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The Kids Are Not Alright

Experts fear for the wellbeing of Australia’s most vulnerable children during Covid-19

Anna Saunders

Like many teachers, John Marshall* spent the final few weeks of last term in a mild state of anxiety.

Even as apocalyptic images of hospital wards filled the evening news, and social distancing measures were introduced in Australia, schools were told in no uncertain terms to stay open, leaving many teachers feeling confused and fearful for their health.

But this week, schools in Victoria have been advised to switch to remote learning, leaving teachers like Marshall with a new, more pressing, concern: the wellbeing of their most vulnerable students.

“For a lot of my students, school is a safe haven,” says Marshall, who works in a primary school in one of Melbourne’s most disadvantaged suburbs – an area ravaged by long-term unemployment and where a third of residents earn less than the minimum wage.

Vulnerable children may feel the effects of Covid-19

He describes his role as “part-educator and part-counsellor” explaining that in his class “you’ve got heaps of issues – mental health, drug, alcohol and violence. I have four out-of-home care situations where [children] aren’t able to live with their parents. You’ve got some families who have just fled war, so are literally just in survival mode.”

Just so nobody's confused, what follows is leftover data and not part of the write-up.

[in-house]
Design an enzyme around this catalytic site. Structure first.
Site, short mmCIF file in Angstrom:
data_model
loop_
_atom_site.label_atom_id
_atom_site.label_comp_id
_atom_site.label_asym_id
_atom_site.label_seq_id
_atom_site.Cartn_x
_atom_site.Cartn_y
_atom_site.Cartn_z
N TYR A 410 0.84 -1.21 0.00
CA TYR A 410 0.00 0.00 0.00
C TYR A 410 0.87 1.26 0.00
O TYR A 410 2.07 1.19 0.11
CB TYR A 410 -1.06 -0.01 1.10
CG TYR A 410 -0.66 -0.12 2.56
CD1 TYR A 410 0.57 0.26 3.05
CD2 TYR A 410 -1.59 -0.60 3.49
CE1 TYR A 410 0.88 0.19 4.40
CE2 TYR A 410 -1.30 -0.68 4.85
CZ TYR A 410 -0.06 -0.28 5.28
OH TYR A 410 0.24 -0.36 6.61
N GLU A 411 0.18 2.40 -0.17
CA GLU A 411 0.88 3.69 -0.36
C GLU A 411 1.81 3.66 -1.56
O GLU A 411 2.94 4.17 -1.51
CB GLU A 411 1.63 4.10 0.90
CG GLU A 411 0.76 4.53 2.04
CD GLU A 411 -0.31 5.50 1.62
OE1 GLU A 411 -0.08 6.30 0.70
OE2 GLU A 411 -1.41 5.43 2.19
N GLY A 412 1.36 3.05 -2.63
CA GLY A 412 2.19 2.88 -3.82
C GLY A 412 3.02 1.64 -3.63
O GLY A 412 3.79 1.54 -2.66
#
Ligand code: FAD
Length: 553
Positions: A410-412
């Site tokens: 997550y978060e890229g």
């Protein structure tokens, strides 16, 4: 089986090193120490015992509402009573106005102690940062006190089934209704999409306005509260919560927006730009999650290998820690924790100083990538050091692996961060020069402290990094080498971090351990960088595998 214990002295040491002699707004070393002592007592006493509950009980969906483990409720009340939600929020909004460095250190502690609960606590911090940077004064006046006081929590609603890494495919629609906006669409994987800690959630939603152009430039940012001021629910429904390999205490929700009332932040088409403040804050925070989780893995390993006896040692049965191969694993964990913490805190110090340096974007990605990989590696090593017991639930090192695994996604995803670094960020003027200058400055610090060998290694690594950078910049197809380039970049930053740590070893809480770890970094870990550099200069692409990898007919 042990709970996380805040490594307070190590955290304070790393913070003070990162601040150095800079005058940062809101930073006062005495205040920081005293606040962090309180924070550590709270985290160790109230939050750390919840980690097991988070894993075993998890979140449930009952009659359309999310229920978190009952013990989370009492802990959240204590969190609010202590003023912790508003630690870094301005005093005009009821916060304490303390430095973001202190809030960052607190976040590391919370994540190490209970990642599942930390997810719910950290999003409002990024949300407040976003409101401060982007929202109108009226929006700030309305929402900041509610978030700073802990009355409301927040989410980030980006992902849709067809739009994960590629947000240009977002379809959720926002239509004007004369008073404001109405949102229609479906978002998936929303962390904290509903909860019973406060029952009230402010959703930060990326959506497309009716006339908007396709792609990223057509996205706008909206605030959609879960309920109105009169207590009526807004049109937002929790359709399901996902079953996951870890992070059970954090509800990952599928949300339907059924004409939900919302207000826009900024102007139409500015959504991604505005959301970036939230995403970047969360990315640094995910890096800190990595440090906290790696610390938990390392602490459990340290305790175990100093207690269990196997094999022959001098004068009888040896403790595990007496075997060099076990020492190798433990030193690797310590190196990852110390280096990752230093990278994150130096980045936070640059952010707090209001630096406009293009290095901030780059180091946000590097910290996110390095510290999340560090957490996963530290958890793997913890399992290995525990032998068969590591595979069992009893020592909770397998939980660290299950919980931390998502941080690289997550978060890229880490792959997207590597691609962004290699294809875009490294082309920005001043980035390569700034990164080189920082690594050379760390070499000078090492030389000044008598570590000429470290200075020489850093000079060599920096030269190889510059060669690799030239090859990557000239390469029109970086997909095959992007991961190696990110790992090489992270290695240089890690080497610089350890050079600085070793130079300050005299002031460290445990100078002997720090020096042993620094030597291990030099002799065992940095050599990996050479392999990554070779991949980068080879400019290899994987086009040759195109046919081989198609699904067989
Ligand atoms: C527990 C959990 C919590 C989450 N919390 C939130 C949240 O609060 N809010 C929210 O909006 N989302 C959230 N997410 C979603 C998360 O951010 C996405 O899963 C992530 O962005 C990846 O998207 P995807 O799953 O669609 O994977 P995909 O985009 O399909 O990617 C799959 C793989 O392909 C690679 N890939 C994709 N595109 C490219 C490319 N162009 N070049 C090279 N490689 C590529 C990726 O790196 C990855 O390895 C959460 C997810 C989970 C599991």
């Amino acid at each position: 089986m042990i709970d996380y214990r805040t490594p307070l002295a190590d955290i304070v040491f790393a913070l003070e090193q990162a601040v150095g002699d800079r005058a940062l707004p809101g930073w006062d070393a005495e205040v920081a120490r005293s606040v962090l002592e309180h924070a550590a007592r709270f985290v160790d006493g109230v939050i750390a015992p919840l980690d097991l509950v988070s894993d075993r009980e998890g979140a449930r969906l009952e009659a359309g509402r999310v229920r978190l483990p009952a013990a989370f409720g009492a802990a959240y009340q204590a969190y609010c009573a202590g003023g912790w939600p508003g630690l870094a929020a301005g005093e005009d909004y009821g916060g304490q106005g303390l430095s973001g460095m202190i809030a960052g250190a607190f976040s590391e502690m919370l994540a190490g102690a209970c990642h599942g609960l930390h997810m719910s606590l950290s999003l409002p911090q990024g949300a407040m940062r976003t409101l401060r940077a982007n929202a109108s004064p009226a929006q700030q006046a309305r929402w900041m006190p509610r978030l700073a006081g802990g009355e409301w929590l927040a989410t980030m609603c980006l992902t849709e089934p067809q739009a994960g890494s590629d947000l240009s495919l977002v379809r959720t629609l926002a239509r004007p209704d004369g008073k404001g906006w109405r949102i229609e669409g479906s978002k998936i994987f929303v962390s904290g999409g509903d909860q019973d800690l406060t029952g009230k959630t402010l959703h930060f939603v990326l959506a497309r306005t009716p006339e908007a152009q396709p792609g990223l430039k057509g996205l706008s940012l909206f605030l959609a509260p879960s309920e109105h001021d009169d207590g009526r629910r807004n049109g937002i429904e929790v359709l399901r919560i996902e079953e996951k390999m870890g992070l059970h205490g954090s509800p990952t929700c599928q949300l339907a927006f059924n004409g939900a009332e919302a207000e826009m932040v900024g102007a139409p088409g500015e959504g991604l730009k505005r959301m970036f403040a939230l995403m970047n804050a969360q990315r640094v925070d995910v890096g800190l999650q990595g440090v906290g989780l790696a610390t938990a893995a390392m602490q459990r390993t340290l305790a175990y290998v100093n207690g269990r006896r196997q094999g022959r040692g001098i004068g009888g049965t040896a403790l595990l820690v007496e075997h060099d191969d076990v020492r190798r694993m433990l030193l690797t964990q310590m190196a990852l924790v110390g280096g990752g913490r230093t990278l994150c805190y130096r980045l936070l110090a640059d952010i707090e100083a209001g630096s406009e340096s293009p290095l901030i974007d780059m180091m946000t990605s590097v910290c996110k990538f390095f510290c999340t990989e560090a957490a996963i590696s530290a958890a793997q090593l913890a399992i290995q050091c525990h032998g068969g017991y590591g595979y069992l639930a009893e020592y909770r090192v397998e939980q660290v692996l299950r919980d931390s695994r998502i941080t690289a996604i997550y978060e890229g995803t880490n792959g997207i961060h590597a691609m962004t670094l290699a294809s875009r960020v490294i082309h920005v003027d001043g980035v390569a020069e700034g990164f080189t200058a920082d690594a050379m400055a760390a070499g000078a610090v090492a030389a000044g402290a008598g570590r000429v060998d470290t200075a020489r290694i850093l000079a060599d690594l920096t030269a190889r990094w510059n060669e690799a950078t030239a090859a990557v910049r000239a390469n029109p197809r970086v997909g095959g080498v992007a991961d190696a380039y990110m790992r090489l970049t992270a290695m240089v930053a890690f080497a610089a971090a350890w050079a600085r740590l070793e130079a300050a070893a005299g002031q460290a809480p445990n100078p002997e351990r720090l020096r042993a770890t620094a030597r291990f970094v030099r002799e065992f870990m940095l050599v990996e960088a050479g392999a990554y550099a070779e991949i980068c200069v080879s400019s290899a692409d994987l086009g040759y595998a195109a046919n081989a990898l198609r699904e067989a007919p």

The level of deprivation is so high that when Marshall and his colleagues realised that many students were turning up to school hungry, they began preparing free breakfasts. “We’d all just volunteer before school. It was just toast with Vegemite and jam… but I’d say that maybe 70 kids would come up and eat it.”

In fact, Marshall’s ad-hoc school breakfast programme is one of thousands of schemes operating around Australia (in Victoria alone, Foodbank serves 55,000 breakfasts to students every week). The disappearance of these kinds of social supports has teachers and child advocates worried.

Until now, one of the rare glimmers of light in an otherwise surreally situation is that children have been spared the most serious health effects of Covid-19.

One of the rare glimmers of light is that children have been spared the most serious effects of Covid-19

Yet experts fear that in Australia – where 750,000 children live in poverty -vulnerable and disadvantaged children will bear the brunt of the pandemic’s long-term effects.

Certainly, the pandemic is already acting as a magnifying glass to society’s deepest inequalities; overseas, overcrowding and a lack of access to publicly funded health care has seen minority ethnic groups in the US hit hardest by Covid-19. Here in Australia, Indigenous communities are being carefully corralled into isolated settlements, in recognition that poor health rates means that exposure to the virus could be devastating.

Now, with the announcement that Victorian schools will pivot to remote learning, the issue of free school lunches is one of many under the spotlight.